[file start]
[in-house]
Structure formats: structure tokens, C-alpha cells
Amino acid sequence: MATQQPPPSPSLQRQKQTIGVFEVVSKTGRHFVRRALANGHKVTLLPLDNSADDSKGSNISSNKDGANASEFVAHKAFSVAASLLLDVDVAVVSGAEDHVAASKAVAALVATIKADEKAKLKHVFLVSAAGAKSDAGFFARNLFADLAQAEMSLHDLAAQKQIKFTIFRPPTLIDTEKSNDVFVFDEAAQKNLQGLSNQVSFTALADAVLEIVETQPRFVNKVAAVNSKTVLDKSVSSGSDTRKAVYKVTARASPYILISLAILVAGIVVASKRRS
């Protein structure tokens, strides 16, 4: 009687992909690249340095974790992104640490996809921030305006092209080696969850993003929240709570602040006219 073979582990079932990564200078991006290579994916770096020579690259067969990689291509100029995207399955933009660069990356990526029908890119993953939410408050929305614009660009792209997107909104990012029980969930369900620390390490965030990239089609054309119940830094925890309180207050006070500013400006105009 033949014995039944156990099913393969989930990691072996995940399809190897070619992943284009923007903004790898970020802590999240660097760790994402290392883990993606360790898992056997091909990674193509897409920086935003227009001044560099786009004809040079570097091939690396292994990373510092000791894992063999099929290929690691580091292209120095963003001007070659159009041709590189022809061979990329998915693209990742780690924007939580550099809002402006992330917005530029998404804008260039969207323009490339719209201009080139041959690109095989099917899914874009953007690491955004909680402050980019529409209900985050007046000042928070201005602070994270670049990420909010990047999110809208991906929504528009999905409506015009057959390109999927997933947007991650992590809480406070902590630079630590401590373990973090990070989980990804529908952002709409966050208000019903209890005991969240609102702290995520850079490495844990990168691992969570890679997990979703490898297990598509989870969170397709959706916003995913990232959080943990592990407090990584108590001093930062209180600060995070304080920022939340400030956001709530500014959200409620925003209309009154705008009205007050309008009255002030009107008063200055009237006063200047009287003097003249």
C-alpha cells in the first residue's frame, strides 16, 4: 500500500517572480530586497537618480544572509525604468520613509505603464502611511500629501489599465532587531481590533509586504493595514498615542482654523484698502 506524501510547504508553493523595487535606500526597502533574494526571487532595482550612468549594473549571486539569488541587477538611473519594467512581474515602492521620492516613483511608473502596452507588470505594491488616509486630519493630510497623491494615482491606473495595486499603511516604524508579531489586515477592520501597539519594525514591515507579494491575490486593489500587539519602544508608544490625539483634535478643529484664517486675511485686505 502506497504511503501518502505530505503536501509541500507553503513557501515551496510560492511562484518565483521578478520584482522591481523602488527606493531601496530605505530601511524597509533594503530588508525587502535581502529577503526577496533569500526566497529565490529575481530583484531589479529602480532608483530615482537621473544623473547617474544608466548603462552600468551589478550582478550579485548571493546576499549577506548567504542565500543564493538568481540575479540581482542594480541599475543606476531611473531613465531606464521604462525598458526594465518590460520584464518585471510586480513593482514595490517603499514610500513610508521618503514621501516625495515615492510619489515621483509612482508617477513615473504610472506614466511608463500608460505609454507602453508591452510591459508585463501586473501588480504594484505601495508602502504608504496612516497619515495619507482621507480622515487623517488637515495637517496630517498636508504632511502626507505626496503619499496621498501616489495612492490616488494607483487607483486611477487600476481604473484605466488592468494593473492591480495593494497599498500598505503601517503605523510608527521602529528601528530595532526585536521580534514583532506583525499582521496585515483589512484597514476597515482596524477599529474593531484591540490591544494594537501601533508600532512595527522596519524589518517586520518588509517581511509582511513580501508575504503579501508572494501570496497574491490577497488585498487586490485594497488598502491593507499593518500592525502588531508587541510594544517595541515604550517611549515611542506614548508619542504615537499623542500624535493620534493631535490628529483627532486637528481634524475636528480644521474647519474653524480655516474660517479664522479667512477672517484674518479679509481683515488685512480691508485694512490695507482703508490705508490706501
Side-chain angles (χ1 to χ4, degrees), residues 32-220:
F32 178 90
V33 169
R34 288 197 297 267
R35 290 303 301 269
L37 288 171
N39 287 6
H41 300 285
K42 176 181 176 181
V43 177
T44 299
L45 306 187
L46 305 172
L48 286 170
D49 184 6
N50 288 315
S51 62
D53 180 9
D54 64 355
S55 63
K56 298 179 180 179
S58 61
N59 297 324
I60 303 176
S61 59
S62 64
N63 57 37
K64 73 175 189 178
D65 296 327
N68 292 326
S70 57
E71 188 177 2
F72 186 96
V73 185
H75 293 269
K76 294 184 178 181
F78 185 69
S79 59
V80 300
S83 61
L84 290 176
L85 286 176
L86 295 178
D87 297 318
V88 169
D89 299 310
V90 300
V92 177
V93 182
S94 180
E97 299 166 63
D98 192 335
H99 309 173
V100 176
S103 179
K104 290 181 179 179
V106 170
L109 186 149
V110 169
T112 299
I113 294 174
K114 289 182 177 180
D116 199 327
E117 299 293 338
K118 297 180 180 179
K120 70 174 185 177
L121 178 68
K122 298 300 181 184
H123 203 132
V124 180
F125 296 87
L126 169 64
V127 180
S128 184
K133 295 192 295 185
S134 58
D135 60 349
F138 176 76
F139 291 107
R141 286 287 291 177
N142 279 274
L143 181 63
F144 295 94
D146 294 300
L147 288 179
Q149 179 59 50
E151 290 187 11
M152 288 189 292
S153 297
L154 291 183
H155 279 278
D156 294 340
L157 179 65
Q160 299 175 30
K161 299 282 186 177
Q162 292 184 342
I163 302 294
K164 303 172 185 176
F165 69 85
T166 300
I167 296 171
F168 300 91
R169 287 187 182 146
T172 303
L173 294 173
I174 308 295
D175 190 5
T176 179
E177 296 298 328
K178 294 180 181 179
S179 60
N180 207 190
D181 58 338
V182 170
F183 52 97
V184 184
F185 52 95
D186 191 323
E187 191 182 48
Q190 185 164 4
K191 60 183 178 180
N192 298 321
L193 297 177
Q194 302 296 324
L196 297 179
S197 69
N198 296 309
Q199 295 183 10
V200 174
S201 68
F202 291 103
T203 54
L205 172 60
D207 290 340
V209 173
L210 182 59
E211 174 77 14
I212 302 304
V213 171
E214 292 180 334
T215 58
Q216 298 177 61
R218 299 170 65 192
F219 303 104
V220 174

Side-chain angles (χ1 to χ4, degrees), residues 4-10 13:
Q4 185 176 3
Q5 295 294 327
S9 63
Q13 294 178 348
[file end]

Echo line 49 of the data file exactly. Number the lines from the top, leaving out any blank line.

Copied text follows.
D87 297 318